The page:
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UBC Theses and Dissertations

Nano-sized carbon-supported molybdenum disulphide particles for hydrodesulphurization Solnickova, Lucie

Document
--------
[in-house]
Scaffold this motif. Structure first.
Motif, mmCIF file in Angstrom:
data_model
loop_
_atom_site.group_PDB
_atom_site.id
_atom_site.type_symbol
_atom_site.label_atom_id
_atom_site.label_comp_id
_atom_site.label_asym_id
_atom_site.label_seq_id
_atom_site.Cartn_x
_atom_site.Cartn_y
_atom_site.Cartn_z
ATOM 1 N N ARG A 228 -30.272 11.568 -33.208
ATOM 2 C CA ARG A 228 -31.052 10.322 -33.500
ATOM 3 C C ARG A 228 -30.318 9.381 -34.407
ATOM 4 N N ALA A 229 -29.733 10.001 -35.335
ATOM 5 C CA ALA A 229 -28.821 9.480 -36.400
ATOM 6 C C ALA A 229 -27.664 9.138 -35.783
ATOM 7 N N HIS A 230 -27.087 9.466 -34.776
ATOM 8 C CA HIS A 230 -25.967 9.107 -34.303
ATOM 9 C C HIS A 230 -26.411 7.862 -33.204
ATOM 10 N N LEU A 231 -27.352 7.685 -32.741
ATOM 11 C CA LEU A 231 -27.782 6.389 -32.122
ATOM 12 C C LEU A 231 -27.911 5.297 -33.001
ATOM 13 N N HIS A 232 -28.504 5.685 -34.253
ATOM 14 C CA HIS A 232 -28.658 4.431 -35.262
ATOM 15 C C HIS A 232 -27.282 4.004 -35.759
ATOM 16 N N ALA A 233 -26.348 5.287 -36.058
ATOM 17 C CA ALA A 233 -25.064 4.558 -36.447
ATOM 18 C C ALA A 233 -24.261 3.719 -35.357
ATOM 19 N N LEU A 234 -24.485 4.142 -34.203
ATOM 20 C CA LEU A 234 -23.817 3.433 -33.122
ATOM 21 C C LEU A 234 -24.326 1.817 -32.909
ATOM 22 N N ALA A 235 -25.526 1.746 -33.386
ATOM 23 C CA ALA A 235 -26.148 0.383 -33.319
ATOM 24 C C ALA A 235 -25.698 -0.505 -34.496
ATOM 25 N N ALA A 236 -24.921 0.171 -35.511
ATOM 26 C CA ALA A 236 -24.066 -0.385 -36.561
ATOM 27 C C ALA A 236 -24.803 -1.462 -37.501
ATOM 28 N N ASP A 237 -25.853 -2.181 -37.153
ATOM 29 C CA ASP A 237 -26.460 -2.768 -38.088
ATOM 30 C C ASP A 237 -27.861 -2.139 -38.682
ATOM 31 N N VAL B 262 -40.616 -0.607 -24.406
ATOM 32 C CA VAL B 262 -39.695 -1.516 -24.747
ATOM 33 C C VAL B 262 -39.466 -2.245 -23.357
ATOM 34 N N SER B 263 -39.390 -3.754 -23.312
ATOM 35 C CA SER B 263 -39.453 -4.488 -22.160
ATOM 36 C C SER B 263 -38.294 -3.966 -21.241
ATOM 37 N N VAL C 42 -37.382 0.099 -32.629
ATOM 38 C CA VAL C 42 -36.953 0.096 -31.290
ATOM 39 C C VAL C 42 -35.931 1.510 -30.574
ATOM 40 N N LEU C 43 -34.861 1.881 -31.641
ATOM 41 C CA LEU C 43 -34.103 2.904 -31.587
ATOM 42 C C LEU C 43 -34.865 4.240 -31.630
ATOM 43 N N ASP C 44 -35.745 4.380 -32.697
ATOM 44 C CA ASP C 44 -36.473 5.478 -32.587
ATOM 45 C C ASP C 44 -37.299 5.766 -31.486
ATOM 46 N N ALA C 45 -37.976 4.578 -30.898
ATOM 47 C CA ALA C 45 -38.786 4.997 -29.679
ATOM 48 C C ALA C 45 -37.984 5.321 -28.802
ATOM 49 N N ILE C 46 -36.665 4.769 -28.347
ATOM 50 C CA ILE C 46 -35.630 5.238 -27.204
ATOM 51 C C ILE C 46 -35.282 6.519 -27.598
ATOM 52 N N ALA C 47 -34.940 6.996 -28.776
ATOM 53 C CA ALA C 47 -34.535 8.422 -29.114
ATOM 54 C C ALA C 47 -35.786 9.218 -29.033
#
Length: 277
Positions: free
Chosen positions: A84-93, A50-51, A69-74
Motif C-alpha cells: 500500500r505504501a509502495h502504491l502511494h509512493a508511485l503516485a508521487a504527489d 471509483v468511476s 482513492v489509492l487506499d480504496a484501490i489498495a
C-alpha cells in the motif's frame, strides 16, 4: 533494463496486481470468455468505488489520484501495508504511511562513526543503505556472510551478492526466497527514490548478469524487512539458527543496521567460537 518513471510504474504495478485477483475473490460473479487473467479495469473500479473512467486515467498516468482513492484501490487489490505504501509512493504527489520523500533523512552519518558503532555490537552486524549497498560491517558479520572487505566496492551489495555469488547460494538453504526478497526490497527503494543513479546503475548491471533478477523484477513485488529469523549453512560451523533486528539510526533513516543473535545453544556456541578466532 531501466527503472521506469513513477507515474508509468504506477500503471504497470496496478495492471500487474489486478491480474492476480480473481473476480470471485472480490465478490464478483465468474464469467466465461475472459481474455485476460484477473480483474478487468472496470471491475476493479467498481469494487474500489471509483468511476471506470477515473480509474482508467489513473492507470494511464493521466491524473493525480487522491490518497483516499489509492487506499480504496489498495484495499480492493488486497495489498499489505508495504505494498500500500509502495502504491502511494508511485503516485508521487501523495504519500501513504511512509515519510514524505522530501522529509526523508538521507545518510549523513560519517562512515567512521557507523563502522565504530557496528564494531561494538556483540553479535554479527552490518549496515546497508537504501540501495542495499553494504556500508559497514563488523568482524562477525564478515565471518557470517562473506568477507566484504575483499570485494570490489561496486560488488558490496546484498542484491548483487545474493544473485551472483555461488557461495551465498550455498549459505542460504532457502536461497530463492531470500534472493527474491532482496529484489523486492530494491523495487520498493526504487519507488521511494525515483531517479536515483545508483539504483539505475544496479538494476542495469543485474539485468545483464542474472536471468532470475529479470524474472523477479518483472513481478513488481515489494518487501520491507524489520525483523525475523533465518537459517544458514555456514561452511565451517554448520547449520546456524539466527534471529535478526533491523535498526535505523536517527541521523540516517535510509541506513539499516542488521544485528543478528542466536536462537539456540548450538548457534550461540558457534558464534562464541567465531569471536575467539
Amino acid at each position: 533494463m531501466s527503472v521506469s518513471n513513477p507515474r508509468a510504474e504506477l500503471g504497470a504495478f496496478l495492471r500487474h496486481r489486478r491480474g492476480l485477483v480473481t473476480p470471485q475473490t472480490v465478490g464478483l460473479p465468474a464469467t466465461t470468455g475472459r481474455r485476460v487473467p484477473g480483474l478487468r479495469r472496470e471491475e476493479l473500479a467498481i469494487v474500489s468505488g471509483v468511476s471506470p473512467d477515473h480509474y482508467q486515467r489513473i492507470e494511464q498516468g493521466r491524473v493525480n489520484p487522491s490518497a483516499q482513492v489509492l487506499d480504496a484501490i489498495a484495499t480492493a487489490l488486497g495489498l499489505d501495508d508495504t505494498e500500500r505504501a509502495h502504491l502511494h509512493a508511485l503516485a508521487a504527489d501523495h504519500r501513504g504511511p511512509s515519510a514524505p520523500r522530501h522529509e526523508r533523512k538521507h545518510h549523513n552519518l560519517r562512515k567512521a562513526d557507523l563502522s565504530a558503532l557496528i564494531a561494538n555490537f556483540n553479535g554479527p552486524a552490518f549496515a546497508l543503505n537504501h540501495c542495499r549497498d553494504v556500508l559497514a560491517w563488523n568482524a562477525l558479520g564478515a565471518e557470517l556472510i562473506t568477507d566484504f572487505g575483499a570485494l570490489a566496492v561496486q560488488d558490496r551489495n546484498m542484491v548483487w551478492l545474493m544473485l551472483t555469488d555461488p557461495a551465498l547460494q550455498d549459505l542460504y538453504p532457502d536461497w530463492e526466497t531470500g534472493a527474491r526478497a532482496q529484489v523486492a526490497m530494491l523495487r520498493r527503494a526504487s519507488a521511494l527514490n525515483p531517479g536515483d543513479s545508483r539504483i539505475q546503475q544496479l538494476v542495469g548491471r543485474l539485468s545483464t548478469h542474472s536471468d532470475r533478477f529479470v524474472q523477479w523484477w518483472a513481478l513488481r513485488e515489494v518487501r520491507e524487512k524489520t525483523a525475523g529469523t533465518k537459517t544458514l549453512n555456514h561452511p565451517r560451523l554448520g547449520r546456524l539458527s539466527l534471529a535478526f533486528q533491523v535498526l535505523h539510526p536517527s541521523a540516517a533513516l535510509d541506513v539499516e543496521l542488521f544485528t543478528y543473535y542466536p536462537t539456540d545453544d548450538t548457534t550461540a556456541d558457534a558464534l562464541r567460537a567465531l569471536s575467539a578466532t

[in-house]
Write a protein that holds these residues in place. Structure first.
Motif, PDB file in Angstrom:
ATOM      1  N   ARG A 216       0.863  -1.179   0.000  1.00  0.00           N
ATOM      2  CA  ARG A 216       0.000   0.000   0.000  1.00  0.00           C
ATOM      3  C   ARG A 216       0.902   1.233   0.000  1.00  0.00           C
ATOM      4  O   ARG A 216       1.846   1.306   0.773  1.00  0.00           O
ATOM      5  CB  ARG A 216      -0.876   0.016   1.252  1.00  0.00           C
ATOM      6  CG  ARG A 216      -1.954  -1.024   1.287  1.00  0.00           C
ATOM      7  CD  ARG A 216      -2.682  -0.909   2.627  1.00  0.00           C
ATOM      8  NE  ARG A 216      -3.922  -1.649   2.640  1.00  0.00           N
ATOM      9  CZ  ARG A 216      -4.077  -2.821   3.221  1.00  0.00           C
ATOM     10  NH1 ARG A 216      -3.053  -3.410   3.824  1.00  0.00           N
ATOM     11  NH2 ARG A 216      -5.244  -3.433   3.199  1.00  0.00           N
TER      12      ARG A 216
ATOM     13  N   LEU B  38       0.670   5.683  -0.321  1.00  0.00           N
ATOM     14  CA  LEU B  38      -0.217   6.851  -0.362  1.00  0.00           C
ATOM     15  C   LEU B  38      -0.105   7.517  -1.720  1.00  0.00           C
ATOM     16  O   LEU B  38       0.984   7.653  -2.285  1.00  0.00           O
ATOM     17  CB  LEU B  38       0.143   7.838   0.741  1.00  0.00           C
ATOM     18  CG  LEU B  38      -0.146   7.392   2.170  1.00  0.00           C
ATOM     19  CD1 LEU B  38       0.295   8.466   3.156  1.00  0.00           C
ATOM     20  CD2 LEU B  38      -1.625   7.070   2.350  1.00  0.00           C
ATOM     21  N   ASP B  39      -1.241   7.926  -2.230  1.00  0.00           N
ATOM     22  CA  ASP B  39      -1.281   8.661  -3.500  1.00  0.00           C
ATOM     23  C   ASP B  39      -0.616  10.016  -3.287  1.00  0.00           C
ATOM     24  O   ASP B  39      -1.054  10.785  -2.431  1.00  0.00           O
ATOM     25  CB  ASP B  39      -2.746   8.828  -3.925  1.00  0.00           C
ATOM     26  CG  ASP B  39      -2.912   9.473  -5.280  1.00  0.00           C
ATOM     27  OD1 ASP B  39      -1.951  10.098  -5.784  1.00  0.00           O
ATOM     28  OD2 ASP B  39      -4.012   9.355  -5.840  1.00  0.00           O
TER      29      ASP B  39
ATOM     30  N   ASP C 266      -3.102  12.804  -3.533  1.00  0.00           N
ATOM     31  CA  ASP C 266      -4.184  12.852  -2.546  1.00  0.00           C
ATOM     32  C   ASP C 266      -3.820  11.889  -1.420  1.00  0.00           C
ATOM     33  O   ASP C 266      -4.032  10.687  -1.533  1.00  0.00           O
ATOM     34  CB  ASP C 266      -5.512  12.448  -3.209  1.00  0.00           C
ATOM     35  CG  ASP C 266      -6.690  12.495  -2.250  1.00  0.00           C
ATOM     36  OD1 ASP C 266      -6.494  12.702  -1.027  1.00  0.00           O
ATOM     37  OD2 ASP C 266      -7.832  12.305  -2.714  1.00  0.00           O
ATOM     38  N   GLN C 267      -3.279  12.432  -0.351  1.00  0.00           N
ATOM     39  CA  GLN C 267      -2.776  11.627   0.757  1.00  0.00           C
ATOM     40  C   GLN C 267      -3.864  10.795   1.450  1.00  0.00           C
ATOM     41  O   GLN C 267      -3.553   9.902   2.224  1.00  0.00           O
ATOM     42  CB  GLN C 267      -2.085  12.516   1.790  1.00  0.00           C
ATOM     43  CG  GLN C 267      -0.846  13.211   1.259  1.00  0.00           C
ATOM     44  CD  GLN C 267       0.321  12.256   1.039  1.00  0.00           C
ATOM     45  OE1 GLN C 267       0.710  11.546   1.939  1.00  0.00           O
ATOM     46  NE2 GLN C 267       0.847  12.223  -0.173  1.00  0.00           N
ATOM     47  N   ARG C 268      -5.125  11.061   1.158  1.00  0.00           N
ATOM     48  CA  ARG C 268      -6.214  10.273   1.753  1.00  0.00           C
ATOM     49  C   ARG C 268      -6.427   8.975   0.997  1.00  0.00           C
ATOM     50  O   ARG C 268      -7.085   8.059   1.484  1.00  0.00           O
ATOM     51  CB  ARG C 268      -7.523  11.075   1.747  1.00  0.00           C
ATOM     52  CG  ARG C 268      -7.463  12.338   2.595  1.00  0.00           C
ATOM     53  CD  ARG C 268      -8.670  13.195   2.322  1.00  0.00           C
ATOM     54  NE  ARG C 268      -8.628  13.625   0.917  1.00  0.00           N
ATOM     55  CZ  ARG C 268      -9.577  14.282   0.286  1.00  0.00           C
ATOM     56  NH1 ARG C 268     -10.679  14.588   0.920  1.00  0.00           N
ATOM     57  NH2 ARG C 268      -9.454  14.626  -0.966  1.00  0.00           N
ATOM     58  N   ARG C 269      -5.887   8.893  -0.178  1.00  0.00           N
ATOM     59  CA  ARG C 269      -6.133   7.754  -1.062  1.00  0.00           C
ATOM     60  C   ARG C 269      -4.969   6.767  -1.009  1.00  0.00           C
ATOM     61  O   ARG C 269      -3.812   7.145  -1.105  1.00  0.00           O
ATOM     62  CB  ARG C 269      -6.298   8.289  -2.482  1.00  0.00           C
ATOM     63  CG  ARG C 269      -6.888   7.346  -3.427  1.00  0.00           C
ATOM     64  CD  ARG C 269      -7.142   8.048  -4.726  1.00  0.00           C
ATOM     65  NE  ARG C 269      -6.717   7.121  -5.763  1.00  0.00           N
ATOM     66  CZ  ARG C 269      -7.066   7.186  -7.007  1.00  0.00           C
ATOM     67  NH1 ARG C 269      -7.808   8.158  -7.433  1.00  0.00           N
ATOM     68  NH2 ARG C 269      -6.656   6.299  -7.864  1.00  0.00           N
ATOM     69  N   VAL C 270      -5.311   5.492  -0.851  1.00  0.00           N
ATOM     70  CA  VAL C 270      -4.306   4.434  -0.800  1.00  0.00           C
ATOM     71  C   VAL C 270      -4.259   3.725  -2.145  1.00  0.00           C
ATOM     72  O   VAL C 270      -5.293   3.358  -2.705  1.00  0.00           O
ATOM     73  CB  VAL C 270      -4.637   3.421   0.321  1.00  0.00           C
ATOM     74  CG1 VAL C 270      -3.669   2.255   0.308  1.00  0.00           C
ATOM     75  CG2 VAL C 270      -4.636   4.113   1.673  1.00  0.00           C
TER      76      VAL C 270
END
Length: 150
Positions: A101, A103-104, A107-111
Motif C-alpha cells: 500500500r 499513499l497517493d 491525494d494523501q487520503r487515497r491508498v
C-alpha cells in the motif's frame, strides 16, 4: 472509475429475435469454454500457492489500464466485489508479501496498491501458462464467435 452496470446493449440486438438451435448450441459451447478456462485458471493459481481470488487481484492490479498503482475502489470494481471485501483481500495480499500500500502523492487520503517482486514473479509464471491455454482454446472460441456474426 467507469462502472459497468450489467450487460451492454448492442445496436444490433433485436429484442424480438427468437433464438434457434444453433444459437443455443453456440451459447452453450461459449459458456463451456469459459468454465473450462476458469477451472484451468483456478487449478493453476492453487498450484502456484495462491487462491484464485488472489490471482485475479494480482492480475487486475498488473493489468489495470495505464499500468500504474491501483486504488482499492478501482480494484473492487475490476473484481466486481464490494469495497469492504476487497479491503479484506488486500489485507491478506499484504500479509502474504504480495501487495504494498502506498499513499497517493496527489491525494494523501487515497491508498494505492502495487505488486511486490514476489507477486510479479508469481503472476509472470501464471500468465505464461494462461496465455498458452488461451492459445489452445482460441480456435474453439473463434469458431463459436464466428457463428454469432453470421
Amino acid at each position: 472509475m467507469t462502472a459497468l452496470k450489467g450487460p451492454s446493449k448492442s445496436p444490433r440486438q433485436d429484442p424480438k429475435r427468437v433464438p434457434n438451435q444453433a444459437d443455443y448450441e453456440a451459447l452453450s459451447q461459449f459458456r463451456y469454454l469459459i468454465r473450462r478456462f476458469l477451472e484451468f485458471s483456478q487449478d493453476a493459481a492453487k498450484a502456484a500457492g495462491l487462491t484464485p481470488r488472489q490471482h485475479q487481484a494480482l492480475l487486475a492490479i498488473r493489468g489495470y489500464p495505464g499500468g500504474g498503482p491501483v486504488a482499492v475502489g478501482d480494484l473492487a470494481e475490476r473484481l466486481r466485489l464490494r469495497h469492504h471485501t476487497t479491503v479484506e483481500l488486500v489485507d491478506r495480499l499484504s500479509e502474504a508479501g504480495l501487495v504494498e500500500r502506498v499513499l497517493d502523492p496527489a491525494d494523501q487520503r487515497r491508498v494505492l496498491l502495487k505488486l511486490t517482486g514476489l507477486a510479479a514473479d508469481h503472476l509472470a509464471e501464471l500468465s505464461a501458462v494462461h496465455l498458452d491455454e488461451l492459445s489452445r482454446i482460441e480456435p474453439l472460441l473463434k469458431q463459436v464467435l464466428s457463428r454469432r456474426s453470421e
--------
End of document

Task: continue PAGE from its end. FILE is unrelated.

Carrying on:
Canadian bitumen is a plentiful source of hydrocarbons. However, to obtain oils which may be sold to consumers, bitumen must be upgraded. Among other processes, bitumen upgrading includes lowering sulphur content and correcting the carbon to hydrogen ratio mostly by carbon rejection, which results in the formation of petroleum coke (PC), a byproduct which must be stored or disposed of. This study's focus was the preparation of a molybdenum disulphide (MoS₂) catalyst for a more facile removal of intercalated sulphur from bitumen, by synthesising nano-sized MoS₂ particles. Simultaneously, this study attempted to use PC as a catalyst support. Carbon-supported MoS₂ catalysts were successfully prepared by two methods using ammonium tetrathiomolybdate: reverse micelles using the water/IGEPAL CO-520/cyclohexane system, and incipient wetness impregnation from ultra pure water. MoS₂ prepared by impregnation was supported on PC, and MoS₂ prepared by reverse micelles was supported on both PC and activated carbon (AC). Catalysts prepared by reverse micelles contained nanosized MoS₂ with low stacking order, and the catalyst prepared by impregnation consisted of long sheets of MoS₂ with a higher stacking order. The catalysts were screened for hydrodesulphurization activity in a novel slurry-phase batch microreactor using dibenzothiophene as a model compound. The overall rate constant for DBT conversion per gram of molybdenum for the MoS₂/PC prepared by impregnation was greater than that for the catalysts prepared by reverse micelles in the temperature range of 350 - 375 °C. MoS₂ supported on AC and PC showed a similar activity toward catalysing the HDS of DBT when the MoS₂ was prepared by reverse micelles; therefore, PC is a good alternative support to AC for MoS₂/C catalysts prepared by this method. The rate constant associated with hydrogenation was an order of magnitude greater for the catalyst prepared by impregnation than that for the catalysts prepared by reverse micelles. It was concluded that the larger stacking order in MoS₂/PC prepared by impregnation provided more sites for hydrogenation, which resulted in an overall larger rate constant than that for the catalysts prepared by reverse micelles, whose MoS₂ stacking orders were minimal due to the small particle size.

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